Having only gone ice fishing once in my life when I lived up in North Dakota, I wonder if there’s some truth to that man’s wisdom! Heck, I wasn’t even getting nibbles on my line when I was out there. It makes sense that the fish would be attracted to the warm bait above anything else. Now don’t tell me to hold it in my mouth to keep it warm. That’s just plain disgusting! Maybe something I could talk one of my kids into doing for me…anything to help catch a fish in those conditions.
I imagine many people around here could give me far more helpful advice than holding the bait in my mouth. Regardless, there is most definitely a secret to successful ice fishing just as there is a secret to success in any venture. Anyone who is successful at anything has somehow revealed the secret. Whether through several hours of digging at it or just plain luck, the secret was cracked and revealed its powerful knowledge to that person. And what a revelation it was! It made all the difference in how to properly go about the venture. Secrets are meant to be revealed if any true life and growth can occur.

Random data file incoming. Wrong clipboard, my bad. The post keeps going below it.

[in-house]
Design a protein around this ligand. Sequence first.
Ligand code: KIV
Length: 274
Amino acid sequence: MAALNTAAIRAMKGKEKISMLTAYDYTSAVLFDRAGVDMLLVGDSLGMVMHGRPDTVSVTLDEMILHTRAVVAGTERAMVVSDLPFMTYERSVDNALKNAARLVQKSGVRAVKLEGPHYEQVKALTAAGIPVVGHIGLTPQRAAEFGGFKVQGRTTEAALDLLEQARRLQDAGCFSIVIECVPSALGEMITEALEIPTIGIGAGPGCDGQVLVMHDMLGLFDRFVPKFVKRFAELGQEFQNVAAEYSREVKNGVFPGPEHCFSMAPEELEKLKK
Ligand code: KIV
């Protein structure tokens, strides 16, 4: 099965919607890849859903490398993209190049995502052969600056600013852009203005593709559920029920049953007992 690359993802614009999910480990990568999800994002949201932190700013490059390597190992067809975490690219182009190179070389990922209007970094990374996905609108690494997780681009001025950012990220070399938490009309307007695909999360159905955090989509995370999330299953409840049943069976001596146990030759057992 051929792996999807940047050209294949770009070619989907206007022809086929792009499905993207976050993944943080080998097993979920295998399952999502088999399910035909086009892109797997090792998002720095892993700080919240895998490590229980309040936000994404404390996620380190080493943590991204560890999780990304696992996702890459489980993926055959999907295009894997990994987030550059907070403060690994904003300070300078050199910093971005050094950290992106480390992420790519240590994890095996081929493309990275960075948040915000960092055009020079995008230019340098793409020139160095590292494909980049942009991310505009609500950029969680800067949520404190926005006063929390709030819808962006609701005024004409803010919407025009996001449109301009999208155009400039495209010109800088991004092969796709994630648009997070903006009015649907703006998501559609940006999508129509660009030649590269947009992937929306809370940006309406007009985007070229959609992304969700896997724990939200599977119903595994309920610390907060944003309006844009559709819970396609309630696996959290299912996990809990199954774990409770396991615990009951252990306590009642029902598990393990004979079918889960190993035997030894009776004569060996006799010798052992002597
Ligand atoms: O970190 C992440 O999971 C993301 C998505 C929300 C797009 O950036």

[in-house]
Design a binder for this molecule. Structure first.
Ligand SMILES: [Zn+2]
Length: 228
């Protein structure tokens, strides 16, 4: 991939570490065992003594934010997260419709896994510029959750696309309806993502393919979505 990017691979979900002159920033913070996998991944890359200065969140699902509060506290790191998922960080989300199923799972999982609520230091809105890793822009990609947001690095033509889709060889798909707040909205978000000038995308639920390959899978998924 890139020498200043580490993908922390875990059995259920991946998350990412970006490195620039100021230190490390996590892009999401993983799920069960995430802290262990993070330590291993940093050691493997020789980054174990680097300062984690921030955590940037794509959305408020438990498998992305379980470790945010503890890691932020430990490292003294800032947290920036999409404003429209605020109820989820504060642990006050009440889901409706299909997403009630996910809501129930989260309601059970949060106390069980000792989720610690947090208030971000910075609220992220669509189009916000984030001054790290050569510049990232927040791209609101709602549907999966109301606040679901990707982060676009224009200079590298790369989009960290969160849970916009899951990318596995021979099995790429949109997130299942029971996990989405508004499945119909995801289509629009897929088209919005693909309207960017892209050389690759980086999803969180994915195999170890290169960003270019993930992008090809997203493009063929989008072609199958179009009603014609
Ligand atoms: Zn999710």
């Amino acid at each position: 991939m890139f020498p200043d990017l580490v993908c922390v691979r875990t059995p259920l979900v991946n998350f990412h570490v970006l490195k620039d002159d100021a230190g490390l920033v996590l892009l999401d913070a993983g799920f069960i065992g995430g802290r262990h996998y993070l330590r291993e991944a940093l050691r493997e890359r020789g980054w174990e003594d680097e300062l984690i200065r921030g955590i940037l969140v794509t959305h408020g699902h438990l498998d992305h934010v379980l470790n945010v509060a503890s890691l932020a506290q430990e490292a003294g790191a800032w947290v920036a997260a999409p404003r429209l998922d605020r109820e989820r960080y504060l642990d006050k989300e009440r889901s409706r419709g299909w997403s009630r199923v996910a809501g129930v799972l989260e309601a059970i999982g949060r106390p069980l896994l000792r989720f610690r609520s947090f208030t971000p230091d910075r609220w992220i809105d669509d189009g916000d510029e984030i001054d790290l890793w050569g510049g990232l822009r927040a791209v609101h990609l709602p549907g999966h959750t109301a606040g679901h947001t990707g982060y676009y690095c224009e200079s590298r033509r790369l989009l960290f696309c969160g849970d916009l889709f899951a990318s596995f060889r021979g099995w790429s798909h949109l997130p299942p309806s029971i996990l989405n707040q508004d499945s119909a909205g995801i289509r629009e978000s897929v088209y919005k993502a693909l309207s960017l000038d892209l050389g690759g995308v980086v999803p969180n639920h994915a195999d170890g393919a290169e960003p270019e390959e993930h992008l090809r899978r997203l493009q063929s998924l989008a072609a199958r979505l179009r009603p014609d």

The longer I reflect on Jesus’ words and deeds, the more I realize that he likes to operate in secrecy. The gospel writer, Mark, understood this all too well and it’s reflected in his account of Jesus’ life and ministry. The so-called “Messianic secret” is unique to Mark and reveals an important quality to Jesus’ ministry. You’ll notice on numerous occasions in Mark’s gospel that Jesus will perform a miraculous deed or healing and immediately tell those who witnessed it not to tell anyone about it. Of course, people being people only made them want to talk about it all the more. Likewise, whenever Jesus taught profound truths about God and the kingdom of God he did so through the format of a parable. Parables are particularly cryptic forms of communication. They consist of short stories that have hidden meanings beneath them, kind of like how fables have hidden morals or lessons beneath them. So why all the secrecy and hidden meanings? I reflected on this all week and initially thought it was Jesus’ way of filtering out those who are worthy of understanding his teachings from those who are unworthy. But that seemed awfully exclusionary of Jesus and inconsistent with his desire to save everyone. Jesus loves everyone and wants everyone to know the love of God! No one is unworthy of knowing the love of God! So what wouldn’t Jesus use more plain language to reveal the mysteries of God and God’s kingdom? I wrestled with this all week until it was brought to my attention that Jesus did so as a means of buying himself time. Jesus wants us to know the FULL kingdom of God, not just snippets of it. Jesus wants us to know his FULL glory, not just portions of it. The healings and teachings only reveal a portion of his full glory. They fail to consider the glory of his death and resurrection as well. They fail to consider the sacrifice he made on our behalf. We can’t fully appreciate who Jesus is and what he did for us (and continues to do for us!) if we don’t consider his death and resurrection.